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Analysing literary text as discourse

The approach of pragmatic stylistics can help us to understand all kinds of inferences involved in interpreting texts. This assumes the viewing of literary text as discourse in which particular messages are to be negotiated in the process of cooperation between the author and the reader accounting for the immediate context of situation. As illustrated by the analysed examples, the absence of a natural immediate environment (necessary for working out implicatures) can be overcome by acknowledging fictional settings, situations and contexts provided by the narrator-author of literary text. A pragmatic stylistic analysis of such compassionate and sharp-eyed stories and sketches as presented by Doris

Lessing’s London Observed (1993) quite naturally includes considerations of the recipient’s competence-his or her readiness to fully understand culture-specific messages and perceive a series of pictures of London. In this section, my aim is to demonstrate that the application of pragmatic principles and their maxims in the analysis of literary discourse can be highly beneficial to the reader. Example (5) presents a message written on one of the blackboards the Underground’s staff uses to communicate their thoughts to passengers:

(5) (DL: 87)

You are probably wondering why the escalators so often aren’t working?

We shall tell you! It is because they are old and often go out of order.

Sorry! Have a good day!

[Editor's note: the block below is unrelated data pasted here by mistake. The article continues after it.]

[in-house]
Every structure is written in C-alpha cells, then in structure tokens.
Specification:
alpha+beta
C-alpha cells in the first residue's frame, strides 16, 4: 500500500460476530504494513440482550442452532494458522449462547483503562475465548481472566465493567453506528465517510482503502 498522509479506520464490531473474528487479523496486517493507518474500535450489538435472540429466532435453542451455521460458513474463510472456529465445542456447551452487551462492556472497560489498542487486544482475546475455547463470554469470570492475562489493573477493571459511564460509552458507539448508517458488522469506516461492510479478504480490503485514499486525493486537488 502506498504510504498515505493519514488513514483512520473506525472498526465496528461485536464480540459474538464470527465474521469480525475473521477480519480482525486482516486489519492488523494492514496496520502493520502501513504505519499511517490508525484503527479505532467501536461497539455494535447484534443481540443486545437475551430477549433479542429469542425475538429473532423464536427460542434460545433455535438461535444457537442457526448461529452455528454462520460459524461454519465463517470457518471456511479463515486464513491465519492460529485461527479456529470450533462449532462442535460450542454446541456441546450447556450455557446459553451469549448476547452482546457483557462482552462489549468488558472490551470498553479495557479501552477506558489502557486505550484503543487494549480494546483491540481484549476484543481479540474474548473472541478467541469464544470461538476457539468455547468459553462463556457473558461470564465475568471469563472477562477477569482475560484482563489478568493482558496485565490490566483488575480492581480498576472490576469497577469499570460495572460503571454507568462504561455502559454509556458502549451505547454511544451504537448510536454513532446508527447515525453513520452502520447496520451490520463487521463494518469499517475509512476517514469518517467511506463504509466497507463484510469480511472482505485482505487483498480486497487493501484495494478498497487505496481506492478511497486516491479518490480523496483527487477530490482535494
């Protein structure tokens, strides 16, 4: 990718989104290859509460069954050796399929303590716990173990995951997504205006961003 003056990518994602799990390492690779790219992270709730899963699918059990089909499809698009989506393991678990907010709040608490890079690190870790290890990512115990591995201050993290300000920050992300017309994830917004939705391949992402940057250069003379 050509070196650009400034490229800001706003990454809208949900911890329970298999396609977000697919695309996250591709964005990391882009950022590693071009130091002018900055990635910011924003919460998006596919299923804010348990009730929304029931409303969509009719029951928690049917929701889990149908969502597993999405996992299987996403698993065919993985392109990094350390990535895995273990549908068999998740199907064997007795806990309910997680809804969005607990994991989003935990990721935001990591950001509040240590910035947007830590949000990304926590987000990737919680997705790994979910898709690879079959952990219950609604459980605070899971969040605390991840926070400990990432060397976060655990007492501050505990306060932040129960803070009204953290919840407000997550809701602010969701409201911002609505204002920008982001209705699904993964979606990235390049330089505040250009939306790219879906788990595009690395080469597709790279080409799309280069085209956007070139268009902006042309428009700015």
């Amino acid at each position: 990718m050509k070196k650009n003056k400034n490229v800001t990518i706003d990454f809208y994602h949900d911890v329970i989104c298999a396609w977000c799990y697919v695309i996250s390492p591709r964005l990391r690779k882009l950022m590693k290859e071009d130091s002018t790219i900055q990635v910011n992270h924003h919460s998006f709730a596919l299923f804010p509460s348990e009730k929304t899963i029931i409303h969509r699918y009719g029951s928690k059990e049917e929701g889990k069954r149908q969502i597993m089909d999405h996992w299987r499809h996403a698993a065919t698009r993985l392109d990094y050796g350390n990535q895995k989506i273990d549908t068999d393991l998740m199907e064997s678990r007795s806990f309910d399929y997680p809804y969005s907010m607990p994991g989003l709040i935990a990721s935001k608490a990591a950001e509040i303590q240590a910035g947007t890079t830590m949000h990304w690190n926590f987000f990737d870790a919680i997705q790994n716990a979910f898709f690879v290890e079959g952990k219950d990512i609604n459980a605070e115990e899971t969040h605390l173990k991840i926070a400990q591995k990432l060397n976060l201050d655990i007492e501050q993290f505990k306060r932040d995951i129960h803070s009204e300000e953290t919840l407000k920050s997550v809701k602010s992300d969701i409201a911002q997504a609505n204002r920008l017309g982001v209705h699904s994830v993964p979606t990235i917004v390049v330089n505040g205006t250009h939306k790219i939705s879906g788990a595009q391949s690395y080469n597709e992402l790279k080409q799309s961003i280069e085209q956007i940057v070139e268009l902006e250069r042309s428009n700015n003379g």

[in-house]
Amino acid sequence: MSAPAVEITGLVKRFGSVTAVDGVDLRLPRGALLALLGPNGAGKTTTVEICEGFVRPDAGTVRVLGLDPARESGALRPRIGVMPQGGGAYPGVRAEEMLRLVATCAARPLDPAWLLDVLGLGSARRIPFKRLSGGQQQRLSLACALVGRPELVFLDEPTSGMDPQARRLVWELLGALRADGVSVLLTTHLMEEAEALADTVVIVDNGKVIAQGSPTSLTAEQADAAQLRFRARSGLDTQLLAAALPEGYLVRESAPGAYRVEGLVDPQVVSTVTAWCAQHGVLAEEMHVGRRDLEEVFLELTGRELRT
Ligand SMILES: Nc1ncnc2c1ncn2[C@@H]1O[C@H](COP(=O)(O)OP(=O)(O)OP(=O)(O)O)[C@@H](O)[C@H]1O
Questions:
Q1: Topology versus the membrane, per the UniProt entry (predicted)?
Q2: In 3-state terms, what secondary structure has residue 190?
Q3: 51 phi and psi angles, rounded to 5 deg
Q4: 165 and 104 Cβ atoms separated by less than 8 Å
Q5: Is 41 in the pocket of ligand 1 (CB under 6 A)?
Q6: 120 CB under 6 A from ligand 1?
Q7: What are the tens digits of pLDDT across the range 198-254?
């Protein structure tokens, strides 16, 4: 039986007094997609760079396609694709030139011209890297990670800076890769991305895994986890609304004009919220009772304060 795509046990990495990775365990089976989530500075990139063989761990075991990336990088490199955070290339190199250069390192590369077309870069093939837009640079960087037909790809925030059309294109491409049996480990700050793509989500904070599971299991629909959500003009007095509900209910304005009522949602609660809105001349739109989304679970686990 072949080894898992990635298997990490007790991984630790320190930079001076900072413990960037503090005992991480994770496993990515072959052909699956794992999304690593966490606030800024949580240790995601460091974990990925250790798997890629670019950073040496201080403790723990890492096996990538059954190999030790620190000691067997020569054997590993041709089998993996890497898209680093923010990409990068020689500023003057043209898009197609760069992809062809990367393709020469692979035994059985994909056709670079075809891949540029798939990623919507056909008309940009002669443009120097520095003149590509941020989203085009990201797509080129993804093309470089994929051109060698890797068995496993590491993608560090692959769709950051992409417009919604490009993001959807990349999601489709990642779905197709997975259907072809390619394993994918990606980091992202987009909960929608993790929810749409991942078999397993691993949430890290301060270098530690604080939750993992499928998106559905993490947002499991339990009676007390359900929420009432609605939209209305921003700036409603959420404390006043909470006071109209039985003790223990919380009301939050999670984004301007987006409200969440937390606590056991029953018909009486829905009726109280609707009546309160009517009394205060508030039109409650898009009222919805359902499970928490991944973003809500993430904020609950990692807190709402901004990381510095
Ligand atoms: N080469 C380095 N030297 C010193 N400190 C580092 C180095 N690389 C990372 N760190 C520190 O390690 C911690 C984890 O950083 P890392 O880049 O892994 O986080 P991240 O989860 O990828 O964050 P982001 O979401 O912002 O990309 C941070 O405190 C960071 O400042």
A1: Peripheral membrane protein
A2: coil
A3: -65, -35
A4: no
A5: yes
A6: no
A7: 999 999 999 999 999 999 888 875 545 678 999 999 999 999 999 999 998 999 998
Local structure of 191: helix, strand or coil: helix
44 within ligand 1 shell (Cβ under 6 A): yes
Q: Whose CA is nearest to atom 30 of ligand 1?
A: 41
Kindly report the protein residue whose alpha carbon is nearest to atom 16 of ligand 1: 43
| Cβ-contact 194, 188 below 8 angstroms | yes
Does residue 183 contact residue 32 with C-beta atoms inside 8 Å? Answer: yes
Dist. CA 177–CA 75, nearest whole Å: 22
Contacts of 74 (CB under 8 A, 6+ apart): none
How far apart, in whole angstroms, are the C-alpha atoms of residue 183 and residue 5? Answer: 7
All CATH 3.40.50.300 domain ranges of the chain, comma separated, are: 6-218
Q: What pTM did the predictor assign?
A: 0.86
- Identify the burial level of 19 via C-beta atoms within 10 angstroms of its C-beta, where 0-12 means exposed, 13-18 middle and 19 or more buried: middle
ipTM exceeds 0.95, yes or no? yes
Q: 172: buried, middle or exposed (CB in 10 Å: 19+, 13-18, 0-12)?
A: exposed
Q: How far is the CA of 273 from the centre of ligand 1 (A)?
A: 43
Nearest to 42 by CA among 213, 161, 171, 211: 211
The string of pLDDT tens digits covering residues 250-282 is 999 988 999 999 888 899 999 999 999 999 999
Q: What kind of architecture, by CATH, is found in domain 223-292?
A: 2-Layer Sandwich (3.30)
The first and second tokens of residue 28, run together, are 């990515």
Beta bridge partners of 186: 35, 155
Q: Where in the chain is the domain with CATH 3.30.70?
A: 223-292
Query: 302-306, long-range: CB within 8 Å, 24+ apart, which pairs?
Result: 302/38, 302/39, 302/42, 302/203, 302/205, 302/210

The discourse of this message illustrates the principles of cooperation and politeness at work: the author of the message abides by the principle of cooperation and respects the Quality maxim-he is telling the truth and in the first sentence he uses a hedge to indicate he might be wrong. He also respects the Quantity maxim and he is relevant in speech. The Manner maxim can be considered within the concept of relevance and here the point of view of the recipient is important. From the narrator’s point of view, the Manner maxim holds properly-we are sorry but we can do nothing about the problem. From the point of view of the recipient, this is not a relevant explanation-I want to use escalators, I pay my ticket, and I want to have it working when rushing to work. This discussion highlights the importance of the outlined framework of the discourse, as well as of the context and situation provided by the narrator of the short story. The principle of politeness is also applicable: the message employs expressions commonly regarded as polite, such as “shall”, “sorry”, etc., and polite speech acts, such as wishing a good day. However, considering the context of the given discourse, these elements imply humour and irony. As a reader, I may find it humorous that someone who is responsible for the situation uses accusation as a form of apology. An actual real-life recipient of the message, i.e. the underground passenger, would probably perceive it as ironic and impolite, and even face threatening. The example illustrates that humour often overlaps with irony. Unlike humour, irony does not always create laughter. It can be appreciated by recipients if they share the same point of view. Example (2) discussed above shows that the recipients who share the same point of view can perceive humour and even appreciate irony. The sisters were flattered, entertained and amused because the irony used by the older sister was kind and did not develop into sarcasm. In other words, her questions did not cause offence and remained as what is usually called friendly mocking (cf. Leech 1983).

 
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